Novemeber 17, 2003
BY MIMI MURPHY
Photo: Ms. Barbara Sussman
Florence’s art treasures are world-renowned. But you wouldn’t be able to see the masterworks of Leonardo da Vinci, Michelangelo, Botticelli, and so many others if it weren’t for the contributions of generations of low-profile arts patrons. These days, much of that patronage comes from outside Florence and even outside Italy; walk through the Uffizi and you’ll see restorations paid for by groups of art lovers in locations from Kyoto to Cleveland.
And so when Countess Simonetta Brandolini d’Adda, an American who has lived in Florence with her Italian husband for 30 years, saw the need to help protect and preserve the city’s staggering cultural legacy, she thought of her own countrymen. “So many Americans have a special rapport with Florence,” says Brandolini, who sells and rents out luxury Italian properties through her real-estate agency, The Best in Italy. “They come back to Florence all the time.” Thus in 1998 was born Friends of Florence, fashioned after the nonprofit art and architecture preservation foundation, Save Venice. Although based in Washington, D.C., for tax purposes, the group of 140 people raises and spends money to preserve Florence’s artistic legacy. It helps that Brandolini can tap some of her real-estate clients, such as Bette Midler and Mel Gibson. Sting, Franco Zeffirelli and Zubin Mehta all sit on the Advisory Committee. “They are Florence’s best friends,” says Antonio Paolucci, a former Italian Culture Minister who is now Florence’s superintendent of fine arts. “They have already spent more than $3 million helping us conserve the city’s works of art.”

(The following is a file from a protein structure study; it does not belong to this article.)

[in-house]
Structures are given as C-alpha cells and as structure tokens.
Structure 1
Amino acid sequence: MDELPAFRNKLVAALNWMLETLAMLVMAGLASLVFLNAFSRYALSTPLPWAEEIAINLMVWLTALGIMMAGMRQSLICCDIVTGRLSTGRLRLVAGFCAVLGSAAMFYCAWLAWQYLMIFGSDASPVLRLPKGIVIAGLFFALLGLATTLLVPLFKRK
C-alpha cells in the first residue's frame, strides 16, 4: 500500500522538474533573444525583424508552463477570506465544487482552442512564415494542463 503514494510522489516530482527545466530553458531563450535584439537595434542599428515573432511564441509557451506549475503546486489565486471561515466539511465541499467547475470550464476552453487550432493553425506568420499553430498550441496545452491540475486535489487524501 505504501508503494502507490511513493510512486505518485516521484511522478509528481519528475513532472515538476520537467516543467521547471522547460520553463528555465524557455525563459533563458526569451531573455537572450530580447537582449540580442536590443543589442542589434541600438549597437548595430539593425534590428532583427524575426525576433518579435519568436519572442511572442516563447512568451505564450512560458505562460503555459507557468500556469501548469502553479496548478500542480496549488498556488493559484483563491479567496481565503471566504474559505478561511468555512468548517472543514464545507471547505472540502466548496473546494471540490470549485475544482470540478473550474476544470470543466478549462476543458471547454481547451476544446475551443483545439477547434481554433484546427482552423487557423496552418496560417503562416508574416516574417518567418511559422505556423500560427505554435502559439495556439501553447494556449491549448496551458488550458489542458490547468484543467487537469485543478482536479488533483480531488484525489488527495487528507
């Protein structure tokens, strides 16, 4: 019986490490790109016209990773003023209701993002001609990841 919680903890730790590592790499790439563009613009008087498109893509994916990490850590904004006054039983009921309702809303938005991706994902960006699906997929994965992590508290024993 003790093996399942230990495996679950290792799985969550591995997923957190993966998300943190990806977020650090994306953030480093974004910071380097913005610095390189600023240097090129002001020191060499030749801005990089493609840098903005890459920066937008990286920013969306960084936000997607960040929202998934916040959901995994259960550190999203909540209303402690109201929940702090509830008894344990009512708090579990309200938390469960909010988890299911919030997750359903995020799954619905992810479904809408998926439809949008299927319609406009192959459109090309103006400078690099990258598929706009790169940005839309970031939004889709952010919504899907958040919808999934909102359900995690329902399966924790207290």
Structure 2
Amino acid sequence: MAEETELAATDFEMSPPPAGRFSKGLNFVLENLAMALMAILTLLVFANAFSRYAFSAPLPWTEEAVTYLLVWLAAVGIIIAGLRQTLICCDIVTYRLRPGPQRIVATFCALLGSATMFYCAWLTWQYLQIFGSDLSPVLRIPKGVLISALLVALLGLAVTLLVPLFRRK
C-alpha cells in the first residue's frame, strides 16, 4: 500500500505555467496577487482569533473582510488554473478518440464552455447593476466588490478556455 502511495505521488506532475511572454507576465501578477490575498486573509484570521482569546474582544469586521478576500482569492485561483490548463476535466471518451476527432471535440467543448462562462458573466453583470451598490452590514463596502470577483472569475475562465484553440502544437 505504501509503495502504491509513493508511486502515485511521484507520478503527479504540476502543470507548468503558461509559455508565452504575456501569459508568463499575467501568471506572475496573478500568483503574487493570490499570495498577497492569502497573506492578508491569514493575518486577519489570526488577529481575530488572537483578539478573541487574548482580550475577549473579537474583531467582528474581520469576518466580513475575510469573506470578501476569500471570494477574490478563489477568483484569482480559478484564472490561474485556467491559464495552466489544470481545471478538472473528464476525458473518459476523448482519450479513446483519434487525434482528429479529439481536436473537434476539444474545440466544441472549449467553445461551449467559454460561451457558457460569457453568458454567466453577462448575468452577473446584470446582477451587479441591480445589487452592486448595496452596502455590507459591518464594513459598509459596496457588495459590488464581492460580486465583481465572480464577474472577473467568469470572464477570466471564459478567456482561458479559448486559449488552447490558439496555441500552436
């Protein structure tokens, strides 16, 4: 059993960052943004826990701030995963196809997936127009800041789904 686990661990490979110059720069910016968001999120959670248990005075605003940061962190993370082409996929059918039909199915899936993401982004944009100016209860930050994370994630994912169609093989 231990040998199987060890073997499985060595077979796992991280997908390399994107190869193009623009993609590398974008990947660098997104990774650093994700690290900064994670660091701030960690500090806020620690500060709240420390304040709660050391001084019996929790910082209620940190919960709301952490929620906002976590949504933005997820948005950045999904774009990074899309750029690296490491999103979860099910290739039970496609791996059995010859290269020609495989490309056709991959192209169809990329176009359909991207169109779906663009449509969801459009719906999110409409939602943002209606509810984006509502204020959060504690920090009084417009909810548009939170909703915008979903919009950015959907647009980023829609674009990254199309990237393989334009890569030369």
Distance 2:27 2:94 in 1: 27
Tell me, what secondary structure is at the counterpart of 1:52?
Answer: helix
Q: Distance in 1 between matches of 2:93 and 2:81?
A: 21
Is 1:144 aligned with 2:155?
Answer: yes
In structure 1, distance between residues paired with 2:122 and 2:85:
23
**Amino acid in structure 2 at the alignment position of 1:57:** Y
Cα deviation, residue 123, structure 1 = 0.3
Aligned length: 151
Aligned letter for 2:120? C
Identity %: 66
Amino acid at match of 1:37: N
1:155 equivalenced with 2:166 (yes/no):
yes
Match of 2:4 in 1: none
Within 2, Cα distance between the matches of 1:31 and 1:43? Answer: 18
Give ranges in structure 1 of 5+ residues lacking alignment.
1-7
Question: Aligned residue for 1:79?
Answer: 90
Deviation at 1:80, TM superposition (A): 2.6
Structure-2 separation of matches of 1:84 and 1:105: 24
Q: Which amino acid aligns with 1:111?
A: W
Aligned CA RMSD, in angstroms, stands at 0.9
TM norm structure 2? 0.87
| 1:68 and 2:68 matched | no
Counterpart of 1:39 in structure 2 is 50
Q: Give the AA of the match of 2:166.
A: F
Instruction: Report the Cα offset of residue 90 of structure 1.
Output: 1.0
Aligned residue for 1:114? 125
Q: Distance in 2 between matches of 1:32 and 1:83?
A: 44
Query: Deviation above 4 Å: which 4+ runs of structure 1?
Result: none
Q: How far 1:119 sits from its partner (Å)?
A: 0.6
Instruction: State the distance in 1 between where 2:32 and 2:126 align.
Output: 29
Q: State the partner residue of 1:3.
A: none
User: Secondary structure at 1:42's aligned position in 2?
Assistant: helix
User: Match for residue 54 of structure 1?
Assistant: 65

The Friends’ first big project: the restoration in 2002 of all 10 pieces of marble statuary in the Loggia of Piazza della Signoria—an outdoor room of the Uffizi. This year, patrons were allowed to choose their favorite among 22 16th century paintings in the Accademia’s Tribune (home of Michelangelo’s David), and have their names appear on a plaque below the painting as the major donor for its restoration. Mel Gibson and his wife chose Alessandro Allori’s Madonna Enthroned. Says Brandolini: “There was an explosion of color because these are all Mannerist paintings. It was the first time that people walked in there, and they weren’t looking at the David.”
The price is steep. Founding patrons, who make a onetime gift of $30,000 or more, and patrons, who donate $5,000 annually (all tax deductible), are invited to the yearly unveilings of projects that include insider visits to collections never open to the public, and fêtes at the palatial homes of Florentine aristocrats like the marquises Frescobaldi and Antinori.
The latest project is to help clean David himself, in time for his 500th birthday in 2004. The distilled-water cleaning, during which David will remain visible to the public, is being financed by a Dutch nonprofit foundation. The Friends sponsored the diagnostic testing that will determine how the restoration proceeds, and they’re funding a DVD and website containing all the latest research on the statue. Was it hard to get the money? “The $200,000 for David were gathered literally in 24 hours,” says Brandolini. Information: www.friendsofflorence.org